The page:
I have only come across these organisations since I have been cycling more myself (except Cycling UK, which, interestingly, I had always been aware of in its earlier form as the CTC) but I think that the general public will become more aware of them as they make themselves felt. Here's one which has recently come to my notice, not so far from me in Witney -  the Windrush Bike Project; they do cycle training, cycle maintenance, campaigning and also sell refurbished bikes. I hope to cycle over there one day to pay them a visit, and would love to see something similar set up more locally.

I did feel very encouraged when, sitting on Didcot railway station earlier this month (have you noticed how these days "railway" stations have somehow become "train" stations? I wonder why......) awaiting the first of my four trains to Scotland to visit our daughter, I got chatting to a lady, probably in her forties, who sat down beside me on the bench, having just parked her (very ordinary) bike nearby. I said I'd like to try putting my bike on the train again one day, but that I'd read negative stories about it that put me off. It turned out that this lady was starting a new job in Oxford that day, and had bought the bike only a couple of weeks ago  and was taking it on the train for the first time. I thought that was brave - two big new things on one day! She had had a shortish ride to the station and would have another one at the Oxford end to her new job, and had sensibly enquired beforehand about taking it on this particular train. It would work out cheaper than driving to Oxford. She had already discovered that cycling into Didcot to do some shopping was surprisingly quick and easy compared to using her car. I was impressed, even more so because this lady didn't look at all like your typical cycle commuter, but she was going for it! Good for her!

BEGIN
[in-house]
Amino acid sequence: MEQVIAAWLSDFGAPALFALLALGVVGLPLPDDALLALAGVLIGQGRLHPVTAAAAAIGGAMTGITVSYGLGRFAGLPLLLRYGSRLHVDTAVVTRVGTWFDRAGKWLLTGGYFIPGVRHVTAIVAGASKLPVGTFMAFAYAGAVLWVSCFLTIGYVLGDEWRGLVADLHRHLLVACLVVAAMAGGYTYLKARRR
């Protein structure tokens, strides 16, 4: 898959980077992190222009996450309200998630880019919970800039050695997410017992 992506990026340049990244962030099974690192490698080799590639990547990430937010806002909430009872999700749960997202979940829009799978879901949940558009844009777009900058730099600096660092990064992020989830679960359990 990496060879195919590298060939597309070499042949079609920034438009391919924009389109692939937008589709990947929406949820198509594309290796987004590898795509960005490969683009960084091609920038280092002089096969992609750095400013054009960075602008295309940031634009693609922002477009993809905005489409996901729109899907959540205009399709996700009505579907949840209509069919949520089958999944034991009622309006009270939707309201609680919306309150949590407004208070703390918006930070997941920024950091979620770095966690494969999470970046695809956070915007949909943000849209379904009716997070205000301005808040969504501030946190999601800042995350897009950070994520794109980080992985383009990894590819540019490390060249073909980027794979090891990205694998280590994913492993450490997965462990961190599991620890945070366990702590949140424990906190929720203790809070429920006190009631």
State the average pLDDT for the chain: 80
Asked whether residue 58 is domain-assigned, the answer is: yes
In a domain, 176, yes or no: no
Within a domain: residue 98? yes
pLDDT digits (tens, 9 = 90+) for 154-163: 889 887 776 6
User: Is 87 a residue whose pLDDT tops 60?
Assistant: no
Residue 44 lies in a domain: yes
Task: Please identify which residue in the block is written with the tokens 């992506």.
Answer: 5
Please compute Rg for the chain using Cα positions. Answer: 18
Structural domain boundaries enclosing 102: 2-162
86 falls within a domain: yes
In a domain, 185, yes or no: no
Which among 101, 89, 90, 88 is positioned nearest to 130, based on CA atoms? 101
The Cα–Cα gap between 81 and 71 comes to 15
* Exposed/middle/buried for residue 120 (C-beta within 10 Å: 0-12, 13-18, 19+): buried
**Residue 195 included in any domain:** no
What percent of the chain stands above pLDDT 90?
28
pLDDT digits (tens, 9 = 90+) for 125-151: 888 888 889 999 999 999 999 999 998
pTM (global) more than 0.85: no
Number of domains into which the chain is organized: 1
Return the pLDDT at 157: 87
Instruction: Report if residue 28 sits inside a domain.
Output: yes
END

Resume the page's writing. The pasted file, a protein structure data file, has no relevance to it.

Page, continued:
And here's a video on how France is intending to triple the number of cyclists. Now that would be quite something!

If you are reading this and you are not a cyclist, I would really welcome your comments! Would you like to cycle/cycle again, and if so what stops you? Would you like to cycle with someone else?

If you are a cyclist, have you read this book? Do you cycle, like me, only in this country, or have you cycled in countries where cycling is seen as more normal than it is here?